After 300m, the track takes you into a second field, which you again follow. At the corner of this, the track goes diagonally downhill, through a bit of woodland and crosses a small road (Markwick Lane). You're now on the Greensand Way, which you follow for a little over a kilometre until you arrive in Hascombe village. AT the village, pass the White Horse, and go up the right side of it on Nore Lane. This takes you quite gently along the side of Hascombe Hill to a major left turn, just as the path is getting steep. Follow the new path along Nore Hangar. This is where we had lunch, overlooking the Hascombe Valley. If you want, deviations are possible here to Hascombe Hill itself, which has an Iron Age ring fort on it. The standing druid stones at the base of the South East side of the hill are not as ancient as they seem, having been erected in 1990 by local druids! However, we were content to munch lunch on the side of Nore Hangar and miss out the heavily wooded hill and mock stone circle completely.
Having eaten, continue around the end of the Valley, taking an obvious left turn. This will soon bring you back to the village of Hascombe, slightly nearer the church. Turn right, and walk along the road into Upper House Farm. Take the track that goes straight ahead (very slightly right) as opposed to the definite left turn. This appears to go through a gate, but if the main track gate is closed, there's a pedestrian gate to the side. You're now back on the Greensand Way, which you follow for a little over a kilometre until you reach a definite T-junction where the Way turns right and you turn left. The new track is very pretty, passing the luxuriously converted barn at Langhurst Farm before arriving at the B2130 (Brighton Road).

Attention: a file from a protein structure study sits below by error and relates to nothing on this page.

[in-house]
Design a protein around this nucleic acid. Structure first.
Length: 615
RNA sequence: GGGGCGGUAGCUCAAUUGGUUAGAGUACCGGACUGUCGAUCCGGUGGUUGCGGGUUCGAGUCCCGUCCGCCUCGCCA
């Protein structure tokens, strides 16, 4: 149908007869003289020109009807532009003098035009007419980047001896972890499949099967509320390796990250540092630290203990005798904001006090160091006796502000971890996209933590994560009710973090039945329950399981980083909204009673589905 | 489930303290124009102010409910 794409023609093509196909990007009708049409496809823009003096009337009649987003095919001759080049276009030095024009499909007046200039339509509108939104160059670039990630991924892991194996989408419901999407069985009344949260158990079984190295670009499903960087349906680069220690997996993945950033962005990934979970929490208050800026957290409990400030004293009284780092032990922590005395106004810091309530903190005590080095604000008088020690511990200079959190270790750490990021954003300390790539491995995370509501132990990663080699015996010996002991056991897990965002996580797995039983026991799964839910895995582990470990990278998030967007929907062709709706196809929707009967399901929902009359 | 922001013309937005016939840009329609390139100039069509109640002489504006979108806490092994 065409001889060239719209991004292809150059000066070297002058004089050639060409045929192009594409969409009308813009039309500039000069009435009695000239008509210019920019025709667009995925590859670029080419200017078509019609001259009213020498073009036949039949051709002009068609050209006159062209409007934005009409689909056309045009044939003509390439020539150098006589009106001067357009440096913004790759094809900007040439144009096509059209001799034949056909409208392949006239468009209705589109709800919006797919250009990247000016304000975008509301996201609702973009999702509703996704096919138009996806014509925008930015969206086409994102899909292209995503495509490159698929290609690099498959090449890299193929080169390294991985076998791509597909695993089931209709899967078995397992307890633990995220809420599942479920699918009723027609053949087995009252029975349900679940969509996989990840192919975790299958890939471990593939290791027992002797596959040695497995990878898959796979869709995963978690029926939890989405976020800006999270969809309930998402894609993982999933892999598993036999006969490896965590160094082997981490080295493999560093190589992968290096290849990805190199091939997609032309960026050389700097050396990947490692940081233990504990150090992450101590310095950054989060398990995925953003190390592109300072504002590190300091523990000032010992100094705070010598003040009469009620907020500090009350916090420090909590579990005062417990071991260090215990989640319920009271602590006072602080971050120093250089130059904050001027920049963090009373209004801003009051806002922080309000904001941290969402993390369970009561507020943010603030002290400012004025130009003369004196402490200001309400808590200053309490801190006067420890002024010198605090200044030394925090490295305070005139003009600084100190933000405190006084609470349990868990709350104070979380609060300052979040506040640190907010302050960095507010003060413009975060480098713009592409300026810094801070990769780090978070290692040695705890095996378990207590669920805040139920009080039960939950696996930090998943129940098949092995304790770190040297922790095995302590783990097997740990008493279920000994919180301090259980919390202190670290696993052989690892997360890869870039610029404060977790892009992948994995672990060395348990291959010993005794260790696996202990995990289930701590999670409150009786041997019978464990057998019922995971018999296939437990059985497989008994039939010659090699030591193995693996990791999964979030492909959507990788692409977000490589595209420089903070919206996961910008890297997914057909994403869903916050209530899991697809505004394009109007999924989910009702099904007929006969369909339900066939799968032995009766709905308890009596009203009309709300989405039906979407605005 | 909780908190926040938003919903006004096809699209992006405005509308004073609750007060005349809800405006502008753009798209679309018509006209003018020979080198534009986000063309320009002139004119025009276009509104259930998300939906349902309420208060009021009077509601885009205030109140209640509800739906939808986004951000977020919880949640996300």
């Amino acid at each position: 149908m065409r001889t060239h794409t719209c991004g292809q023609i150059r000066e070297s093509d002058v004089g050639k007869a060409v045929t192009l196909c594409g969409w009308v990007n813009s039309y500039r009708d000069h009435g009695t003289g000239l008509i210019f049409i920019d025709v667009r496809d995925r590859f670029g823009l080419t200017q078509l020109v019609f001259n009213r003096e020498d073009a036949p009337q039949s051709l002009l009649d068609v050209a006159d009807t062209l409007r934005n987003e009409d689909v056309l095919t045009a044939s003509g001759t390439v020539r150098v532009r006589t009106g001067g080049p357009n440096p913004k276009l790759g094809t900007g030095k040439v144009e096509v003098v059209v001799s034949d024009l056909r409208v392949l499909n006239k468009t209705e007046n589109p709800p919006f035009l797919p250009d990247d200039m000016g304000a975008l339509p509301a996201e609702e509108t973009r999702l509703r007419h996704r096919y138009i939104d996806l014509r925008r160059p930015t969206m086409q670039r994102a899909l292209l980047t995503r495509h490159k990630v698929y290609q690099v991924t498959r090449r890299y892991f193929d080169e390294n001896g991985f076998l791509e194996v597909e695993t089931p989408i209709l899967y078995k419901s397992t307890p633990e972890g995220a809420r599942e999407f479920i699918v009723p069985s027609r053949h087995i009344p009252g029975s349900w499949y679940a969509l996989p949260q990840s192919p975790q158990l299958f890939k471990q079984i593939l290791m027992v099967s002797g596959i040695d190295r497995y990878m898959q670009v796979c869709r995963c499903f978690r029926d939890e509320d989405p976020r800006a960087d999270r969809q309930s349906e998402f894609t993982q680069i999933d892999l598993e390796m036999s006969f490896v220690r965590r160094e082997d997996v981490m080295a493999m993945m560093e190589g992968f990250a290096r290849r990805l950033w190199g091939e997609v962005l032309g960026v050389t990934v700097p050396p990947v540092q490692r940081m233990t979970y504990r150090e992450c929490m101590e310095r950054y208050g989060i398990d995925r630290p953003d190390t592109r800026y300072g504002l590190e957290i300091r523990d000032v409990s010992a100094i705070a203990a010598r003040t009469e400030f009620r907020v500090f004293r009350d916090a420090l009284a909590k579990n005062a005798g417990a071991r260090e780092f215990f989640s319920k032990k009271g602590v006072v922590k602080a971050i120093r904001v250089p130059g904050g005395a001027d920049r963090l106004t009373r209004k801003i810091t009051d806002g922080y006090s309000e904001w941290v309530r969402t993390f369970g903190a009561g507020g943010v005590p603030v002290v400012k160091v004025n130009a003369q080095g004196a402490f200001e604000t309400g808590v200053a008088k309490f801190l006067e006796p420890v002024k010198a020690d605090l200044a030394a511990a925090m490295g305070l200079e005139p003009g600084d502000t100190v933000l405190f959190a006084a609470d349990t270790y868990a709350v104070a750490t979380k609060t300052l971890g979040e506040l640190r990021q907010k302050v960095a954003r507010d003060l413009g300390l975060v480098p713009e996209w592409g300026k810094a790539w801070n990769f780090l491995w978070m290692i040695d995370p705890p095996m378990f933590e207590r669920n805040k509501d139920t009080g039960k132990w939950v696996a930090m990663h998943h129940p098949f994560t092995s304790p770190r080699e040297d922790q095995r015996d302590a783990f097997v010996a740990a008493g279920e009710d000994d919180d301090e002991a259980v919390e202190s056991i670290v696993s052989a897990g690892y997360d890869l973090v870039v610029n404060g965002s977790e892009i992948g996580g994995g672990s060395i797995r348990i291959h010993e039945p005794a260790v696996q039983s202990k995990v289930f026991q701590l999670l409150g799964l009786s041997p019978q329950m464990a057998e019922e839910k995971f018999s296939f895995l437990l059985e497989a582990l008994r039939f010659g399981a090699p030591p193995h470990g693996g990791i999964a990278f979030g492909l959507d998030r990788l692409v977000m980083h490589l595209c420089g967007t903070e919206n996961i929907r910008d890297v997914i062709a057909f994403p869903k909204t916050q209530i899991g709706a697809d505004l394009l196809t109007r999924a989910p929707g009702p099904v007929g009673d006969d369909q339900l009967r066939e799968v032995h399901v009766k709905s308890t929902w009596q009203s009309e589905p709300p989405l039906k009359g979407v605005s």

This you cross and follow the track on the opposite side. Now you have the "sting in the tail". The main road sits very happily on the 90m contour line. Winkworth Farm is also very happy at the 140m contour. You have to get from one to the other in 200m of ground walking. Gird your loins, deep breath and go for it. At the top, pause and pant. It's all-but level from here (apart from the slight uphill bits).
At Winkworth Farm, the track turns left, and then after 100m, T-junctions where you turn right. Now follow the good track for 200m, until you hit the main road again at a corner. This is the corner of the Winkworth Arboretum, and the road offers you a choice of straight on or right. In fact, take neither of these. Our route cuts slightly back on the left, by the side of the pillar box and past the signs to High Barn and the Old Dairy.
Pass High Barn and continue. The navigation is easy from here, and you can almost smell the car park as you approach. There is one more λ junction, where you come in from the right, the main path goes ahead, but you have to cut sharp left back on yourself. It's almost a T-junction, so it's not that difficult to see. Finally, you approach the main road. The easiest way is to follow the path until you reach Salt Lane with the car park opposite, but there is a last-minute cut through into the car park. If you miss the cut, don't worry. The end is obvious!
Thanks to Jerome from the Farnham Ramblers for leading us around this splendiferous walk on a day that started cold, but warmed up when the sun came out. I hope you enjoy it too.